GLOBE, Ariz. — Seven times over the past month and a half, a woman who uses a wheelchair said she's had her ride to her doctor’s appointment canceled.
The non-emergency medical transport through Medicaid is what’s supposed to be what helps Cassandra Brandt get to her doctor, but since moving to Globe, Ariz., at the beginning of February, she said that hasn’t happened.
"Literally every ride I’ve asked for,” Brandt said.
Brant, who describes herself as quadriplegic, has been trying to use Veyo, also known as MTM, to book her rides to her doctor’s office.
Confirmation text messages show that six of the last seven bookings have been to a doctor’s office not even two miles down the road.
“They have been approving these appointments, but then the day before the appointment arrives, they call me and say they don’t have a provider available,” Brandt said.
Veyo is listed as a provider for Arizona Health Care Cost Containment System (AHCCCS), the state’s Medicaid agency. However, AHCCCS was not able to answer 12News’ questions by air on Tuesday.
Brandt moved back to Globe at the beginning of February, saying it’s a community she loves and wants to live in. But the difficulty with the transport has made her miss doctor’s appointments.
“I used them when I was in the Valley and it was never a problem; they always had somebody available,” Brandt said. “But since I’ve been back, it’s been really difficult.”
Brandt said with her van broken and no easy way to use the local transit, she was left to travel the road herself, which doesn’t have sidewalks the whole way, or wait on the state Medicaid transport.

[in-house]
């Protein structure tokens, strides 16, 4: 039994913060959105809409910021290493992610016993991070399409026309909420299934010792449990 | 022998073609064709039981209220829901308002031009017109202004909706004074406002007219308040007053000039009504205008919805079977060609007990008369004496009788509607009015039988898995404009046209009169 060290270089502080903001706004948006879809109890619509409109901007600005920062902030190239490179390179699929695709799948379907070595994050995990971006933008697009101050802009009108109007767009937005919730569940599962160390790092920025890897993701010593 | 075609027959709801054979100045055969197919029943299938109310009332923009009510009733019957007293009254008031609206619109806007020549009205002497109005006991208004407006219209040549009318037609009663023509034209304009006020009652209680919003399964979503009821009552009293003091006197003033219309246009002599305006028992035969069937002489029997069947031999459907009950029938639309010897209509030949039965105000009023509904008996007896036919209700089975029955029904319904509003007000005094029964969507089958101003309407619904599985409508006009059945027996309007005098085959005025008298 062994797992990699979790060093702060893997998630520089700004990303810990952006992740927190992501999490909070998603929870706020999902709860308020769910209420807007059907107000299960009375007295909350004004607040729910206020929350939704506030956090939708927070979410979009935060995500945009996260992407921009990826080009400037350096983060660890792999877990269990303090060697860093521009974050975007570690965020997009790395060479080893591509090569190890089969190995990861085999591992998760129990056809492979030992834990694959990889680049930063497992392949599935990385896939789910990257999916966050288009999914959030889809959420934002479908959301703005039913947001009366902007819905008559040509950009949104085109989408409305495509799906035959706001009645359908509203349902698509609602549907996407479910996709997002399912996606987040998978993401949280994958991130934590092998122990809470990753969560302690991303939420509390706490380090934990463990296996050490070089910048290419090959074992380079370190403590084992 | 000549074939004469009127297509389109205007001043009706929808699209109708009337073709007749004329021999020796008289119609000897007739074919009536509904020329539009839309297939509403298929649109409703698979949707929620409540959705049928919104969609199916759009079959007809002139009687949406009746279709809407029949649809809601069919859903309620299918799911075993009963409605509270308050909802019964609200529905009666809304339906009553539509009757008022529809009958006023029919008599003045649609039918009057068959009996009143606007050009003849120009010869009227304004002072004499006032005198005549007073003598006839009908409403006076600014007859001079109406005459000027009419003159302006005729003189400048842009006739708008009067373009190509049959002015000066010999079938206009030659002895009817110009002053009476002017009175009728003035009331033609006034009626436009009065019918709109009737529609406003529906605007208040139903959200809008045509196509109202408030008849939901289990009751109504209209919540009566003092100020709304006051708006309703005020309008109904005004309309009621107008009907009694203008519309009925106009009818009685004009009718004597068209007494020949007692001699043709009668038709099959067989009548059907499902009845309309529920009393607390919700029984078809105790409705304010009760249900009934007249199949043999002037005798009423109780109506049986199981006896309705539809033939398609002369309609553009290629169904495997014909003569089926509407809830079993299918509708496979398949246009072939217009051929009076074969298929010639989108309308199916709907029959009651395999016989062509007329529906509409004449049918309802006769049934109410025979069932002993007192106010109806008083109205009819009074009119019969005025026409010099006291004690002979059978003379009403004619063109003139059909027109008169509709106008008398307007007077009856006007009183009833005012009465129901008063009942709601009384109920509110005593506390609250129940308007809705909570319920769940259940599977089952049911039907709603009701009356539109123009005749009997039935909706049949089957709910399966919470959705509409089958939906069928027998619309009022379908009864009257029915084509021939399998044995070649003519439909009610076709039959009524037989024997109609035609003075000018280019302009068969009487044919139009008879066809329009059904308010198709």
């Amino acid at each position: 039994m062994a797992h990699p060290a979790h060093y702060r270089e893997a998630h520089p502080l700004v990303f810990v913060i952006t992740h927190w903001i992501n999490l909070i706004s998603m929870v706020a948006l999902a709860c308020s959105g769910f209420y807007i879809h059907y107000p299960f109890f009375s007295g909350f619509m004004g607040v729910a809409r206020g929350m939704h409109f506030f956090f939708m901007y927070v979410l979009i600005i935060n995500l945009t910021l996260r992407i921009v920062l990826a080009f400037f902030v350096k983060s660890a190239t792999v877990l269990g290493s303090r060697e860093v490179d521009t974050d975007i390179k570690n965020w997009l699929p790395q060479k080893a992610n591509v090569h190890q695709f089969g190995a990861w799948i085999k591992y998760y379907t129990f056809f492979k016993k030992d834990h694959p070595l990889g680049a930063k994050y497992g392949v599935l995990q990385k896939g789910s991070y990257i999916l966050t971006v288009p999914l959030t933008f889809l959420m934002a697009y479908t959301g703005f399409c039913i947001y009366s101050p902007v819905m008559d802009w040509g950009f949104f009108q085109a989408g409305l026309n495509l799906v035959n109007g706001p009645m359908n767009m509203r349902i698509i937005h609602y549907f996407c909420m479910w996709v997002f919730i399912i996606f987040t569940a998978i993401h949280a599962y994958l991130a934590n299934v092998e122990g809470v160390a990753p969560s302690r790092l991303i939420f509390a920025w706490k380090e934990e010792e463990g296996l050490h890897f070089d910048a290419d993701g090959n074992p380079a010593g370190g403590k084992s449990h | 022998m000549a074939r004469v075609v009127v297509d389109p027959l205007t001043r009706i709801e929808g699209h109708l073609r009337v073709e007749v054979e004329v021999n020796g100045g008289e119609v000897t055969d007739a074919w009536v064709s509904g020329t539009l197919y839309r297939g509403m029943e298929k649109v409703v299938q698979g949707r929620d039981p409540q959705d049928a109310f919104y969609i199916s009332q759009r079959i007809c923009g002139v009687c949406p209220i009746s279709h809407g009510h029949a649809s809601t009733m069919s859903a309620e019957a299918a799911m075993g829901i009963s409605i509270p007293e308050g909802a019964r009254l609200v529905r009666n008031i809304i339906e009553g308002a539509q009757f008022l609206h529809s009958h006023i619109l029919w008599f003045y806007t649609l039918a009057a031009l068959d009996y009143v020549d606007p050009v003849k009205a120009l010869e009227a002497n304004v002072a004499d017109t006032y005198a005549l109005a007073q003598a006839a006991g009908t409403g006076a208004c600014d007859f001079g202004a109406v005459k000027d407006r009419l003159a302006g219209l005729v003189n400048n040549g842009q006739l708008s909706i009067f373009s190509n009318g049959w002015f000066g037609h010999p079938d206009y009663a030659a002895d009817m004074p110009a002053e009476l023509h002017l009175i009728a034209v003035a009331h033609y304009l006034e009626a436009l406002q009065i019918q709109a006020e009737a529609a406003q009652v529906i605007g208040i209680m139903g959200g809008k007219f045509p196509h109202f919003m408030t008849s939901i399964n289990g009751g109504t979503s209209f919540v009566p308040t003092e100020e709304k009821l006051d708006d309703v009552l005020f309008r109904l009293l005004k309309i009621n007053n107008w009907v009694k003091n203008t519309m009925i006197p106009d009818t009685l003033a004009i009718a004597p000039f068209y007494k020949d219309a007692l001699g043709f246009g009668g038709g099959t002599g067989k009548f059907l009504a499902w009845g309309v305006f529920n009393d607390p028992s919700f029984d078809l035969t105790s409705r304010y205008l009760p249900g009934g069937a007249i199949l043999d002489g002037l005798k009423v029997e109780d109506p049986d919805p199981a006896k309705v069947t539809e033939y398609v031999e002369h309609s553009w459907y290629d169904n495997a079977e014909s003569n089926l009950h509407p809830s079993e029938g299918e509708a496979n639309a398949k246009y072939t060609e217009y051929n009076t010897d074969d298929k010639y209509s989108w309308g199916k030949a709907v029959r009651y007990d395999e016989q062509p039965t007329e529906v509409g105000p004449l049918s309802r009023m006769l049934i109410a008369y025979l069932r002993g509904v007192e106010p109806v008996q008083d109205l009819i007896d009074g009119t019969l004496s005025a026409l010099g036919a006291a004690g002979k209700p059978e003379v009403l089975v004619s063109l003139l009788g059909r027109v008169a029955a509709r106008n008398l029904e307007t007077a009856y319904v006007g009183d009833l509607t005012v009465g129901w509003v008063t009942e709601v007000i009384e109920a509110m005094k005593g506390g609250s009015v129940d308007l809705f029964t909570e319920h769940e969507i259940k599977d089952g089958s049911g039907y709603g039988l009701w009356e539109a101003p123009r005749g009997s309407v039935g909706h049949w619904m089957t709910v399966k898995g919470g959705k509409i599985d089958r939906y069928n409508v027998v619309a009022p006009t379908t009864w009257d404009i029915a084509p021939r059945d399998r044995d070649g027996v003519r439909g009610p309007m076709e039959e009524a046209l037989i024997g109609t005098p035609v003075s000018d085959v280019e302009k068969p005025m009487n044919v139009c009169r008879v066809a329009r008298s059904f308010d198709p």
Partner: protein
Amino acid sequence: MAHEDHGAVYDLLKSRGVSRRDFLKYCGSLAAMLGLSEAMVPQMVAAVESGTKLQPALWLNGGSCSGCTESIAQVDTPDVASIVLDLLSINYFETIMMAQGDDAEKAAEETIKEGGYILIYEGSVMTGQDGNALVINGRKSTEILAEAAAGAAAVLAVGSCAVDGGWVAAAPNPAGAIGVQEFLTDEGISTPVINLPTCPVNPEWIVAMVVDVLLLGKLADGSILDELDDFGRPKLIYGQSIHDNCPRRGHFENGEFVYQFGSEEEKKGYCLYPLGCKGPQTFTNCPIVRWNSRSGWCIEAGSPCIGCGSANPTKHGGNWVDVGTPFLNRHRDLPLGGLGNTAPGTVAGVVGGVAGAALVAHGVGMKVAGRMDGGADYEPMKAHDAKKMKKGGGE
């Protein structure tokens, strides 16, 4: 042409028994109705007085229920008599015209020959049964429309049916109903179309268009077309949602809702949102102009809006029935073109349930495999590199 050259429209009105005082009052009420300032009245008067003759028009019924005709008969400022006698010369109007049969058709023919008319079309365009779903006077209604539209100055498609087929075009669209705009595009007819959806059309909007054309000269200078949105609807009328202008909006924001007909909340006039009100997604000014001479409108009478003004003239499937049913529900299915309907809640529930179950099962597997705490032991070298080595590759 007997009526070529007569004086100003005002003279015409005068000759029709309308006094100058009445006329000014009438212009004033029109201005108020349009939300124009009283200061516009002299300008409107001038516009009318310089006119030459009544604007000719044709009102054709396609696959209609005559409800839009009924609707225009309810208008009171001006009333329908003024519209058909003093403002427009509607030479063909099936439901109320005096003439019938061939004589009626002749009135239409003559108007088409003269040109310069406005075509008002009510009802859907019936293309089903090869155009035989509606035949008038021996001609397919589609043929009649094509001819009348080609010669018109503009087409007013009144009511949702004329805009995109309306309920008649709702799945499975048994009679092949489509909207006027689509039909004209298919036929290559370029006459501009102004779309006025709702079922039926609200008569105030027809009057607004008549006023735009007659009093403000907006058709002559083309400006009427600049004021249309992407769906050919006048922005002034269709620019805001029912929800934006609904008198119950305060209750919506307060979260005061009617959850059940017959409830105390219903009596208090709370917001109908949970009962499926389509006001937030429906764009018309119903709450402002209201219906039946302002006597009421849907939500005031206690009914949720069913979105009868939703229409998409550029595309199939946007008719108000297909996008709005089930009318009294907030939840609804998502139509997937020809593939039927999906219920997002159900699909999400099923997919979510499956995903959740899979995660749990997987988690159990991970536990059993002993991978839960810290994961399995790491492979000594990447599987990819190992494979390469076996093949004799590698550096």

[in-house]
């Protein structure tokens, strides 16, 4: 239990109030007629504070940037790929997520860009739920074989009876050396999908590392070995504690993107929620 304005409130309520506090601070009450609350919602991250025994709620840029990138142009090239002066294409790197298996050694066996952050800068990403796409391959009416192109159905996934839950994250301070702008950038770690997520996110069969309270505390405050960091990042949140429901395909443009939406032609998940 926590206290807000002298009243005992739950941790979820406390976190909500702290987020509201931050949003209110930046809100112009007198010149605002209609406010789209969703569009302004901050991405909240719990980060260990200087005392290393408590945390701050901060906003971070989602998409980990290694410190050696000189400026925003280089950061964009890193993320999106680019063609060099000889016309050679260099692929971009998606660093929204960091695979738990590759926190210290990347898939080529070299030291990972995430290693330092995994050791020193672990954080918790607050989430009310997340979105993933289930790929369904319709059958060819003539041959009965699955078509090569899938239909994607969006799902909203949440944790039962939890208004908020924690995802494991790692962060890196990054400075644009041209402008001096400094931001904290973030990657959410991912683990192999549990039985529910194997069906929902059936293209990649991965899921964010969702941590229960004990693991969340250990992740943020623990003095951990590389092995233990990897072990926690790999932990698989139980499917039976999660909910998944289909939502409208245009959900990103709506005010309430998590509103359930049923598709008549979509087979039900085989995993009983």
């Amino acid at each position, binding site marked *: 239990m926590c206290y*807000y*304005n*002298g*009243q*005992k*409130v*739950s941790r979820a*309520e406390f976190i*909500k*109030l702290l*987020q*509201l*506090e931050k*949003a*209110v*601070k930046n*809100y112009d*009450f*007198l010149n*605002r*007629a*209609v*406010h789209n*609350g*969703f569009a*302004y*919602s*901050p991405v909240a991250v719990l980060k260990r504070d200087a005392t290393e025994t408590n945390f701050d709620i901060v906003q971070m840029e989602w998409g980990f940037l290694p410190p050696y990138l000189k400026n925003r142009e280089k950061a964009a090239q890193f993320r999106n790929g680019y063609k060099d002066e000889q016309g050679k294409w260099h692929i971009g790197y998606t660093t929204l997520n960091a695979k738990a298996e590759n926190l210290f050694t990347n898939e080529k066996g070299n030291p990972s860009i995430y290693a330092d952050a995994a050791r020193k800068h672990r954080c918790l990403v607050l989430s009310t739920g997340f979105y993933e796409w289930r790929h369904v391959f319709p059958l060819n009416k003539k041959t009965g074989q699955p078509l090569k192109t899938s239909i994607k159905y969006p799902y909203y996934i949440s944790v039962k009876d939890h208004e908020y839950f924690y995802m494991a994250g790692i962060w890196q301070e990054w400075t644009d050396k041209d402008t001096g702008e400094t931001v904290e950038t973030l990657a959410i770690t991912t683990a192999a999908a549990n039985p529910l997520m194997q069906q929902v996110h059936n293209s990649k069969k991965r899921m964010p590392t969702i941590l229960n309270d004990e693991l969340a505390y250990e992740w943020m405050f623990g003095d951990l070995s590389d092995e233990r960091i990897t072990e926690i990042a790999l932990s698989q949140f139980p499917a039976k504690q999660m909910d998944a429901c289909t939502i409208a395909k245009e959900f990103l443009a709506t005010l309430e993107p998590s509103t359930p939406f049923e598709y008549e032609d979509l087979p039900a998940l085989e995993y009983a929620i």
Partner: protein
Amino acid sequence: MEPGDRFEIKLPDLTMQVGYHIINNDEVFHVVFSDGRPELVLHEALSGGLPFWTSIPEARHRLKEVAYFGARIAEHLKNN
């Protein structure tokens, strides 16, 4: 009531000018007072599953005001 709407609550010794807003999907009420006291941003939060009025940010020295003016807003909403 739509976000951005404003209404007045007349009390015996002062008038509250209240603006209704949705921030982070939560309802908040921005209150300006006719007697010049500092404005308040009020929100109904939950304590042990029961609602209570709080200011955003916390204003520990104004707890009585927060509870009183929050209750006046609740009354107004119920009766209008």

“That’s what it’s supposed to be there for,” Brandt said.
A spokesperson for MTM told 12News in an email they can’t comment on specific arrangements because of privacy regulations.
“MTM is committed to providing safe and timely transportation to the thousands of Arizona residents we serve daily,” the spokesperson said.
MTM did not respond to 12News when asked how many rides have been canceled by the company over the past year in Arizona.
Back in 2019 in Connecticut, a class action lawsuit claimed the state and its contractor, Veyo – which is now MTM – “has failed to reliably provide NEMT for Medicaid recipients, despite scheduling their transportation as instructed by DSS, resulting in missed appointments, loss of medical care, and loss of access to treatment.”
Chris Rodriguez, president and CEO of Ability360, said transportation issues are systemic for people with disabilities. He’s noticed the issue the entire 20 years he’s worked in the disability field.
“This isn't limited to just Maricopa County or Globe or Arizona,” Rodriguez said. “Transportation is an issue that we're trying to tackle across the entire country.”
Rodriguez said strides had been made in metro areas, but transportation is even more difficult for those living in rural areas.
One challenge Rodriguez sees is workforce shortages.
“I think some of those solutions might be higher reimbursement rates for that particular support. So people will, you know, find it more compelling to take those types of jobs, as opposed to other jobs that are out there that might be able to compensate them at greater extent,” Rodriguez said.
The owner of the assisted living facility Brandt lives in told 12News on the phone that she's seen the issues Brandt has been going through and has noticed it with other transportation providers for other people living in the facility for years.
However, Brandt is concerned living in a more rural area like Globe is the reason she can’t get transport to her doctor a couple of miles down the road.
“Anyone else can just go to the doctor, and it’s not that difficult, you know, but I just feel like it shouldn’t be this hard,” Brandt said.
VERSIÓN EN ESPAÑOL: 'No debería ser tan difícil': Una mujer de Arizona en silla de ruedas dice que le cancelaron siete citas médicas
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